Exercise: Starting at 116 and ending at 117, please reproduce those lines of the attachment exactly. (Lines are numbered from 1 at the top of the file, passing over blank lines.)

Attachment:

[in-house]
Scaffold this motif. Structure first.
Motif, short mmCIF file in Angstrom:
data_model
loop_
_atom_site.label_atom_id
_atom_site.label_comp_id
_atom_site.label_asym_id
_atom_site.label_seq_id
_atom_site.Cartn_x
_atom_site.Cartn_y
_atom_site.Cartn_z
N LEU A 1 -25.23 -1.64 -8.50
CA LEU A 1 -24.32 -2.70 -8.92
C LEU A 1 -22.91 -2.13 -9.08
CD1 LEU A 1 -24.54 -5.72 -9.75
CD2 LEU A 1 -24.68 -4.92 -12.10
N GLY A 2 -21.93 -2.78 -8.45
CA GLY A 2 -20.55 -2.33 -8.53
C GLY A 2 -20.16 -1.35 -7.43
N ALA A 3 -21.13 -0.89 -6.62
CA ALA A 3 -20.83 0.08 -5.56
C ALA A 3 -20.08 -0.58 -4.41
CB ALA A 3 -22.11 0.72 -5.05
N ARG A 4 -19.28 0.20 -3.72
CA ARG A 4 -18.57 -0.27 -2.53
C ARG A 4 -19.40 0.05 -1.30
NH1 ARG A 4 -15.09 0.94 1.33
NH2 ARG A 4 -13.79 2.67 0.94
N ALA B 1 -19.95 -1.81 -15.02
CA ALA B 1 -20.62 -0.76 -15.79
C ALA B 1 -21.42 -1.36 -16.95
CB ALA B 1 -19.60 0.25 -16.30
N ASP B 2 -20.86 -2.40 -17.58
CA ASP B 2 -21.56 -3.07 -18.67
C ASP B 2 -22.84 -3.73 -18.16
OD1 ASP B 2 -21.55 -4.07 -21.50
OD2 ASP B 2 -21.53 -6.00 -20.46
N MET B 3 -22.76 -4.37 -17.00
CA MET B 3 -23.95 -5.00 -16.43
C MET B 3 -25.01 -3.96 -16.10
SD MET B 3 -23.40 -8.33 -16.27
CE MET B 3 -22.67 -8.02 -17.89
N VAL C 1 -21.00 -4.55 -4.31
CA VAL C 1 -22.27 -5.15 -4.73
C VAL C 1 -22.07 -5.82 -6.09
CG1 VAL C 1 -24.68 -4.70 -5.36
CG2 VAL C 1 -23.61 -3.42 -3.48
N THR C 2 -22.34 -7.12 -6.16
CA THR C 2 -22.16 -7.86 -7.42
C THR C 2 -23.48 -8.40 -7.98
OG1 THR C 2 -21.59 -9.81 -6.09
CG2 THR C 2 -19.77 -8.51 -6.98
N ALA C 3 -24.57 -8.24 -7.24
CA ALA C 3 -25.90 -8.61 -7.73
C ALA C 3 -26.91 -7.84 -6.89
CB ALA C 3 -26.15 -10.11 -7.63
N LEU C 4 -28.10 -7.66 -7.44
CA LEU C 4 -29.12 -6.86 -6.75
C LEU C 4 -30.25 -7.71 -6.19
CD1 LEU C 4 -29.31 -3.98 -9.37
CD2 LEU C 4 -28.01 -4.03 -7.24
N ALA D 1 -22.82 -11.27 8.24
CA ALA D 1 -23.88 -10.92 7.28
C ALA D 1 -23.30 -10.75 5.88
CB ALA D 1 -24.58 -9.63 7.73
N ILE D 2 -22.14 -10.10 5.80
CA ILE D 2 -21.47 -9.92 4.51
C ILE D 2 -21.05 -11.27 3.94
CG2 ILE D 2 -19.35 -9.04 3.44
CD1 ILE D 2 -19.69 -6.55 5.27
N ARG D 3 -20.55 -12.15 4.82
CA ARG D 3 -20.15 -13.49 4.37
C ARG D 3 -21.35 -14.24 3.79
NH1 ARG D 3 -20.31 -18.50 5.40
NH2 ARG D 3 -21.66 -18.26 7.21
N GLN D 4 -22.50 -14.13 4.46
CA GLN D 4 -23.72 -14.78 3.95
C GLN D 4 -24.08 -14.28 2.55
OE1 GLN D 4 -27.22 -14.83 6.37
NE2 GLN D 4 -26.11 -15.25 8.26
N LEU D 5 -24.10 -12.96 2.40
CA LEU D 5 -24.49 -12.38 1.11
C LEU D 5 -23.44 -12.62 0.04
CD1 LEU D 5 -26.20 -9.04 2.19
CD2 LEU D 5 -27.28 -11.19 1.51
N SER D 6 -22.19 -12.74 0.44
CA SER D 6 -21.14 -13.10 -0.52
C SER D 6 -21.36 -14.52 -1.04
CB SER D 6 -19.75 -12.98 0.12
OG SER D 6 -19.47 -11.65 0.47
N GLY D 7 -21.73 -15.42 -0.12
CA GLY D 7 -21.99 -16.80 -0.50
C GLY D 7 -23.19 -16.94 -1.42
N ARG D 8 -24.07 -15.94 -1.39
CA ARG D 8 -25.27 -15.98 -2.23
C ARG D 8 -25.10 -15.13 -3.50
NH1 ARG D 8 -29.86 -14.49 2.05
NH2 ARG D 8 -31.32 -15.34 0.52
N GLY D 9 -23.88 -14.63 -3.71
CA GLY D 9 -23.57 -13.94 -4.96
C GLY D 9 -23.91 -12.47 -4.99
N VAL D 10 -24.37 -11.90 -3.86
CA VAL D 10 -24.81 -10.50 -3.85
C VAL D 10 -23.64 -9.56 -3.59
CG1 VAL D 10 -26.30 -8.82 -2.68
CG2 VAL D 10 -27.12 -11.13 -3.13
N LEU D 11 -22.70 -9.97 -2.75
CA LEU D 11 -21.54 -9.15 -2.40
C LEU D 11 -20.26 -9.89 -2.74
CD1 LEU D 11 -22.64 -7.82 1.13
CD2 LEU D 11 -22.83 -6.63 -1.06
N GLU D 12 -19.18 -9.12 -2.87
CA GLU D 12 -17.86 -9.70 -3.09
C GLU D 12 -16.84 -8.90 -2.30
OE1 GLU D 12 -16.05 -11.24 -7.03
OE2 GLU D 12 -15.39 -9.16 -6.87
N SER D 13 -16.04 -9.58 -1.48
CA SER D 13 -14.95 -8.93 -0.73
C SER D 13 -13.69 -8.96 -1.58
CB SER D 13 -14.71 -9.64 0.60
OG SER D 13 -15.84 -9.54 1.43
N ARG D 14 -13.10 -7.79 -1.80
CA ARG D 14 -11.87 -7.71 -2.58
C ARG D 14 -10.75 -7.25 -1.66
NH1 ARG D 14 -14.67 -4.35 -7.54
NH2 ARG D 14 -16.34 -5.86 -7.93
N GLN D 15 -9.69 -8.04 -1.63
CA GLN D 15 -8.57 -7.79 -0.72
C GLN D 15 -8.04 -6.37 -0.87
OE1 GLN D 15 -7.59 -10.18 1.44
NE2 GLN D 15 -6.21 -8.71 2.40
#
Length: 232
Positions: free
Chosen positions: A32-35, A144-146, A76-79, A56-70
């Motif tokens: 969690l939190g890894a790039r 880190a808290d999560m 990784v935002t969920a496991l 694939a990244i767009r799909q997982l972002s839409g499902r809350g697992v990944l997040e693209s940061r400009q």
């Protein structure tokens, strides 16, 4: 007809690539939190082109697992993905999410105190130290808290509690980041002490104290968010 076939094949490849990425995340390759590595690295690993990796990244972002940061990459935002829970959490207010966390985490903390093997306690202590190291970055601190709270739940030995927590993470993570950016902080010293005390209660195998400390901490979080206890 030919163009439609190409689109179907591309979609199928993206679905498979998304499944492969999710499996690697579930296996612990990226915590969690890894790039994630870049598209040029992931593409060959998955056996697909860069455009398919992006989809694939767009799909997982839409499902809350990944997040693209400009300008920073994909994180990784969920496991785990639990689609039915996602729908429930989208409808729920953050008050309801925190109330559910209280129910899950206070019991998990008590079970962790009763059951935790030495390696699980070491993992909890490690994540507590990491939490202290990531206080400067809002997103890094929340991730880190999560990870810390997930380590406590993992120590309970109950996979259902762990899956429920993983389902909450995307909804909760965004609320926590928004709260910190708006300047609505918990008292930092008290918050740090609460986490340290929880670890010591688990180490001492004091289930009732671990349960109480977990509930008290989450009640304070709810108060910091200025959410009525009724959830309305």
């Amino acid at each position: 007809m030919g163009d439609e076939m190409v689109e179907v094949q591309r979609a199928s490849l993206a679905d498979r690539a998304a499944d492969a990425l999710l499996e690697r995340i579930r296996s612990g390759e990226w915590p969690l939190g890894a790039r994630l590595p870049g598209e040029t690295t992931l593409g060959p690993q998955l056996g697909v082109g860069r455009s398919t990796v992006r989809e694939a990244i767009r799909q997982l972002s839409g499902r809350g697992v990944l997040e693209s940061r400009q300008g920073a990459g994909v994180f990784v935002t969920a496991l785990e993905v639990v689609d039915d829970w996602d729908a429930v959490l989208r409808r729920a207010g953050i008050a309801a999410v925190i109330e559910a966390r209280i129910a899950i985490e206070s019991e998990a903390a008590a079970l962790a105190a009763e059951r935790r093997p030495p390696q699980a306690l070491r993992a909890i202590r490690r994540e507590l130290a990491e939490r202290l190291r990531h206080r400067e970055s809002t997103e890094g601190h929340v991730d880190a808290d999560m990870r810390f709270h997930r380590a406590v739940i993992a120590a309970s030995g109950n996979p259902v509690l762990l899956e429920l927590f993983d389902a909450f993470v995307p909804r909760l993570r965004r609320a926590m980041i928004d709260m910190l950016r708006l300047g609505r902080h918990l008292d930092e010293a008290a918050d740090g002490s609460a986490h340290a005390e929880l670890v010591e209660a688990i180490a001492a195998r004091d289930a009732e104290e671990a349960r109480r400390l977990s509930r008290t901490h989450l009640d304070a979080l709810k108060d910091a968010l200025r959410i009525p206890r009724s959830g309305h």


OE1 GLU D 12 -16.05 -11.24 -7.03
OE2 GLU D 12 -15.39 -9.16 -6.87